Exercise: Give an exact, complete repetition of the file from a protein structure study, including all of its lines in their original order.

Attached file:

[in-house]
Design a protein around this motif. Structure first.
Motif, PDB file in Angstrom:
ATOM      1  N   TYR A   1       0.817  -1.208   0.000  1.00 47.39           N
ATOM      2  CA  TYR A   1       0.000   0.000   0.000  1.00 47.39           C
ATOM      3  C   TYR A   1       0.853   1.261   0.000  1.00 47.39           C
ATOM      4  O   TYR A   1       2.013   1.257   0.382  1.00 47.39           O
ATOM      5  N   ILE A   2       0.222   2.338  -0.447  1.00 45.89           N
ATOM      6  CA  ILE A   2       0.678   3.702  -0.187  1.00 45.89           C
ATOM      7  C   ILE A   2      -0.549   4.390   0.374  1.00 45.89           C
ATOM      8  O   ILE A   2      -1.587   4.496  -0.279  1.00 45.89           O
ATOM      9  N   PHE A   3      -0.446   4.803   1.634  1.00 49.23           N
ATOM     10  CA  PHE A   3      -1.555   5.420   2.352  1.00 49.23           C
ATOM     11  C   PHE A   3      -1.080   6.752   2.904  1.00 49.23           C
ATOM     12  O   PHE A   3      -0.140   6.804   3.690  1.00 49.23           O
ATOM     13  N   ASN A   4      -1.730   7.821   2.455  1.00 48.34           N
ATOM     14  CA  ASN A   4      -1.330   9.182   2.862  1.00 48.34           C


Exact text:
[in-house]
Design a protein around this motif. Structure first.
Motif, PDB file in Angstrom:
ATOM      1  N   TYR A   1       0.817  -1.208   0.000  1.00 47.39           N
ATOM      2  CA  TYR A   1       0.000   0.000   0.000  1.00 47.39           C
ATOM      3  C   TYR A   1       0.853   1.261   0.000  1.00 47.39           C
ATOM      4  O   TYR A   1       2.013   1.257   0.382  1.00 47.39           O
ATOM      5  N   ILE A   2       0.222   2.338  -0.447  1.00 45.89           N
ATOM      6  CA  ILE A   2       0.678   3.702  -0.187  1.00 45.89           C
ATOM      7  C   ILE A   2      -0.549   4.390   0.374  1.00 45.89           C
ATOM      8  O   ILE A   2      -1.587   4.496  -0.279  1.00 45.89           O
ATOM      9  N   PHE A   3      -0.446   4.803   1.634  1.00 49.23           N
ATOM     10  CA  PHE A   3      -1.555   5.420   2.352  1.00 49.23           C
ATOM     11  C   PHE A   3      -1.080   6.752   2.904  1.00 49.23           C
ATOM     12  O   PHE A   3      -0.140   6.804   3.690  1.00 49.23           O
ATOM     13  N   ASN A   4      -1.730   7.821   2.455  1.00 48.34           N
ATOM     14  CA  ASN A   4      -1.330   9.182   2.862  1.00 48.34           C